FOR IMMEDIATE RELEASE
Contact: Stephen Webster, New Century Foundation, (703) 716-0900
On Wednesday (Sept. 29), black “masters” will escort white “slaves” wearing chains and yokes through the streets of Annapolis. Lifeline Expedition, sponsor of the “Slavery Walk,” says it will bring racial reconciliation and educate Americans about slavery. It will do neither.
Americans are already well aware of slavery. All widely-used history books discuss it thoroughly.
As education expert Sheldon M. Stern wrote in 2003, “Today’s students can readily identify Sacajawea and Harriet Tubman but often can barely discuss Washington or Jefferson—except as slave owners.”
In 2001 and 2002, at least 50 slavery museums were built in the United States.
If Lifeline Expedition wanted to educate Americans about slavery, it would emphasize little-known aspects of slavery rather than those that are well known:
* Slavery was a well-entrenched institution in Africa long before Europeans arrived.
* America’s black slaves were first enslaved by Africans, who sold their property to European slave traders.
* Europeans abolished slavery in Africa in the 19th century. African slave-owners resisted abolition, and slavery persists in Africa to this day.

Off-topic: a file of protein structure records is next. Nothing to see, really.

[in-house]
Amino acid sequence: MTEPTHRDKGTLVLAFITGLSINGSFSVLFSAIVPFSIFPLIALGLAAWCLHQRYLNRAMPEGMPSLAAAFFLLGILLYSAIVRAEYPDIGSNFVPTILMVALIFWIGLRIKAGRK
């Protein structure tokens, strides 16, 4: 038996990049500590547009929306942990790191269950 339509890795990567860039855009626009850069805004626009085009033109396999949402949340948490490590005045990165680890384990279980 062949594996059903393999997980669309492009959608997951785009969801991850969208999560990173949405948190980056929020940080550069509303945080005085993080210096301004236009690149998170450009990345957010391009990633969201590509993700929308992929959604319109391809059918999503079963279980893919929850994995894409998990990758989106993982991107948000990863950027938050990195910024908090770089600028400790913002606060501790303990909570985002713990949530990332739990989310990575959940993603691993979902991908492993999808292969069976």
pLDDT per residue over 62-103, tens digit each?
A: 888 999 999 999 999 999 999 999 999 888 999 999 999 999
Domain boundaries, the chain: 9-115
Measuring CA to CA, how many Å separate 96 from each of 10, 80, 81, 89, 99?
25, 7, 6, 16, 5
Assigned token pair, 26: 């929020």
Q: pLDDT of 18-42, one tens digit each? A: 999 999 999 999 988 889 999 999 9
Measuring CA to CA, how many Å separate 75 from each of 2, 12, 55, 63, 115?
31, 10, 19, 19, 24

* According to UNICEF, human trafficking is the third most lucrative trade in West Africa, after guns and drugs.
* Arabs first went to Africa on slaving expeditions in the 7th century, and imported many more slaves than the United States did.
“Slave walks” will not reconcile the races. They will perpetuate the view that whites have a unique historical responsibility for trafficking in human beings.
“Slave walks” will encourage blacks to nurse grievances against whites, and will annoy whites who are tired of being blamed for events of more than a century ago.
Lifeline Expedition plans more walks this fall for Baltimore, New York, Boston, and Richmond. The New Century Foundation urges the cities that have agreed to hold these walks to cancel them.